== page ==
Sunday, February 17, 2013

Case o' The Week: Two Sizes Too Small -- May, Relevant Conduct, and "Foreseeable Pecuniary Harm"

All the Whos in Whoville forgave the Grinch for stealing their Christmas presents, and celebrated the season with a feast of Roast Beast in a rosy glow of forgiveness and reconciliation.

Fortunately for the Grinch, Whoville lies outside of the jurisdiction of the United States Sentencing Commission. United States v. May, 2013 WL 503338 (9th Cir. Feb. 12, 2013), decision available here.

Players: Decision by visiting DJ Quist, joined by Judges Fletcher and Fisher. Hard fought appeal by W.D. Wa. AFPD Linda Sullivan and Research & Writing Attorney Alan Zarky.

Facts: Jason and Jolynn May pled guilty to receipt of stolen mail, and to stealing mail on December 24. Id. at *1 (emphasis added). At least four times in December, the couple had stolen mail packages from Vancouver homes. Id. They were arrested on Christmas Eve with stolen mail in their car and apartment. Id. 

Beginning on the 20th, the local Post Office changed its delivery policy to require signatures for delivery, or customer pick-up at the post office. Id. This policy remained in effect until December 24. 

At sentencing, the district court increased the guideline range by eight offense levels, for loss of roughly $68,000 in post office expenses associated with the new delivery policy. Id. at *2. [There was only $2,104 in customer mail loss]. Id..

Issue(s): “[T]he Mays argue that the district court erred by including these expenses as loss, for purposes of both sentencing and restitution . . . .” Id. at *1. “The question [for relevant conduct]. . . is whether it was reasonably foreseeable that USPS would react to their thefts by switching its parcel delivery policy to customer pick-up to ensure that its customers received their parcels.” Id. at *3.  

Held: “The district court was not clearly erroneous in concluding that the expense the USPS incurred was a reasonably foreseeable pecuniary harm resulting from the Mays’ actions. This is not a case of an isolated mail theft. Instead, each of the Mays’ excursions involved numerous and widespread thefts, and each new excursion increased the likelihood that the USPS would take some action to respond to the surging ‘tidal wave’ of customer complaints – perhaps by temporarily changing its parcel delivery procedure for the duration of the busy holiday delivery season or until the perpetrators were caught.” Id. at *3.

Of Note: The disappointment from the relevant conduct holding in this case is offset – somewhat – by a good restitution holding. The Ninth rejects restitution for the Post Office because its expenses “did not result from the conduct underlying an offense of conviction.” Id. at *3-*4.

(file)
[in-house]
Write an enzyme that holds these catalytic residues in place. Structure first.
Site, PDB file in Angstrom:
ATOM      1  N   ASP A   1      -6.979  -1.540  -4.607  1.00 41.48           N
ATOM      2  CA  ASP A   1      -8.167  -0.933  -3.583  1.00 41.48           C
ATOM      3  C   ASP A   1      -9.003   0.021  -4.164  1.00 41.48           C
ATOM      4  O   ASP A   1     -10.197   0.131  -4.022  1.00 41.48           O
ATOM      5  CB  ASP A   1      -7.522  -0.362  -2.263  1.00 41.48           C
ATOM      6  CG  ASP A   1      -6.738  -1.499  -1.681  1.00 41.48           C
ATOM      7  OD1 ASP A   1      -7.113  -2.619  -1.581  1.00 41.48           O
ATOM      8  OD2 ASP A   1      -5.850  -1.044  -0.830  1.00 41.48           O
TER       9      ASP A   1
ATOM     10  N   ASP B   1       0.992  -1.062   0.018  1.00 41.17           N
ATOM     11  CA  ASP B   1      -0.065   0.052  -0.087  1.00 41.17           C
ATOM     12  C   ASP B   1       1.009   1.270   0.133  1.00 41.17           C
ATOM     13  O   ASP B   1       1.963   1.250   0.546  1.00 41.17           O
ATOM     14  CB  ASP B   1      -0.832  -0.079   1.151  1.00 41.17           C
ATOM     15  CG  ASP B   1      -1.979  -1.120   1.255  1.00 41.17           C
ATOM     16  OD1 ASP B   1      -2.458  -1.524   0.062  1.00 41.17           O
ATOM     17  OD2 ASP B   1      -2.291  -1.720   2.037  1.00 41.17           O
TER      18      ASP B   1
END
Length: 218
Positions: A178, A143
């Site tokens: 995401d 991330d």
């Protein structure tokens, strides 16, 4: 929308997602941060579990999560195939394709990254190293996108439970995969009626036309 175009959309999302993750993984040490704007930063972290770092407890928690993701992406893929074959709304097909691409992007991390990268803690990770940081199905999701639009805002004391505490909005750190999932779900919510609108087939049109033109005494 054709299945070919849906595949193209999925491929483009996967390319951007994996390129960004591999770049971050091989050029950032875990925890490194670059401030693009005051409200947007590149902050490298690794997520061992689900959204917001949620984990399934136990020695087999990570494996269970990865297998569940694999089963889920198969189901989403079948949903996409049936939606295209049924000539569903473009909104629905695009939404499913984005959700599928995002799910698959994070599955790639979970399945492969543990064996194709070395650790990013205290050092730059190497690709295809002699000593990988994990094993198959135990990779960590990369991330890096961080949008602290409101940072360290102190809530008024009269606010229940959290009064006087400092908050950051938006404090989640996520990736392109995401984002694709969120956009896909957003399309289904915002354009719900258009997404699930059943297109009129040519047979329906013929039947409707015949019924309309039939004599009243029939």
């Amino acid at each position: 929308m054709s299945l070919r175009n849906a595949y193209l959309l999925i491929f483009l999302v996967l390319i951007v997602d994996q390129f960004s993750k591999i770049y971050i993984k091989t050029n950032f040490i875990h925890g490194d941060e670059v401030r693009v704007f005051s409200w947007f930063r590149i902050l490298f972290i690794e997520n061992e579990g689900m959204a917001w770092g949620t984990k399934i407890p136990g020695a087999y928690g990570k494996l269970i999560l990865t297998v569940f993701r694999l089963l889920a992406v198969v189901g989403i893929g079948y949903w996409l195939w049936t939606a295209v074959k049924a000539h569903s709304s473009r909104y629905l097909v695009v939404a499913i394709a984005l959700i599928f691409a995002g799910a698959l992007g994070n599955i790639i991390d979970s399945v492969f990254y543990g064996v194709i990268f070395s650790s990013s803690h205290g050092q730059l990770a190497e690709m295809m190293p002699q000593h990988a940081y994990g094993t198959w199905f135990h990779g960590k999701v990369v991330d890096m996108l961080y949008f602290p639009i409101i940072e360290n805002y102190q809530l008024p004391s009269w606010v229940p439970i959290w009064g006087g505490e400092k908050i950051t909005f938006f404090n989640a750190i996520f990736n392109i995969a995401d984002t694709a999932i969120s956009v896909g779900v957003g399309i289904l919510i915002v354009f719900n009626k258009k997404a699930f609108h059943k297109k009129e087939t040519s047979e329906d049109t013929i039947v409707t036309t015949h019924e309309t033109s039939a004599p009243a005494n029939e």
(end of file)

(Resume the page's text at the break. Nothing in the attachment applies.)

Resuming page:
Sound at odds with the relevant conduct holding above? The different outcomes for the sentencing and restitution challenges are a reminder that “loss” for relevant conduct, and “loss” for restitution, require two very different analyses. For restitution, you look at the specific conduct that is the basis for the conviction. Here, the defendants pled to a single count of stealing mail on the December 24th. Although the Post Office started its new delivery policy on the 20th because of the defendants’ earlier mail mischief, the pair didn’t plead guilty to the earlier mail thefts. Hence the Mays couldn’t owe restitution for a postal policy began the 20th, when their crime of conviction took place on the 24th. Id. at *4.

May nicely illustrates a rich irony of federal sentencing: great precision is demanded for restitution, where money is involved, but we tolerate “close enough” for relevant conduct (when the length of a custodial term is at stake).

How to Use: May tolerates an unwelcome expansion of relevant conduct. The root of this problem is an ’01 amendment to USSG § 2B1.1 – defining loss as the “reasonably foreseeable pecuniary harm that resulted from the offense.” Id. at *3 n.3. Seven years later, the Ninth embraced this expansion in its frustrating Warr decision. See blog entry here.

May builds on the amendment and Warr and tolerates a whopping eight offense-level increase for four days of temporary postal policy. Unfortunately, May is a must-read to understand the potential dangers of unforeseen “foreseeable” guideline loss.
For Further Reading: Much of the injustice of the guidelines arises from their hated relevant conduct principles. For a valuable deconstruction of the relevant conduct guideline, see the article by Amy Baron-Evans and Jennifer Niles Coffin, available here.  

Image of the Grinch from

Steven Kalar, Federal Public Defender N.D. Cal. FPD. Website at


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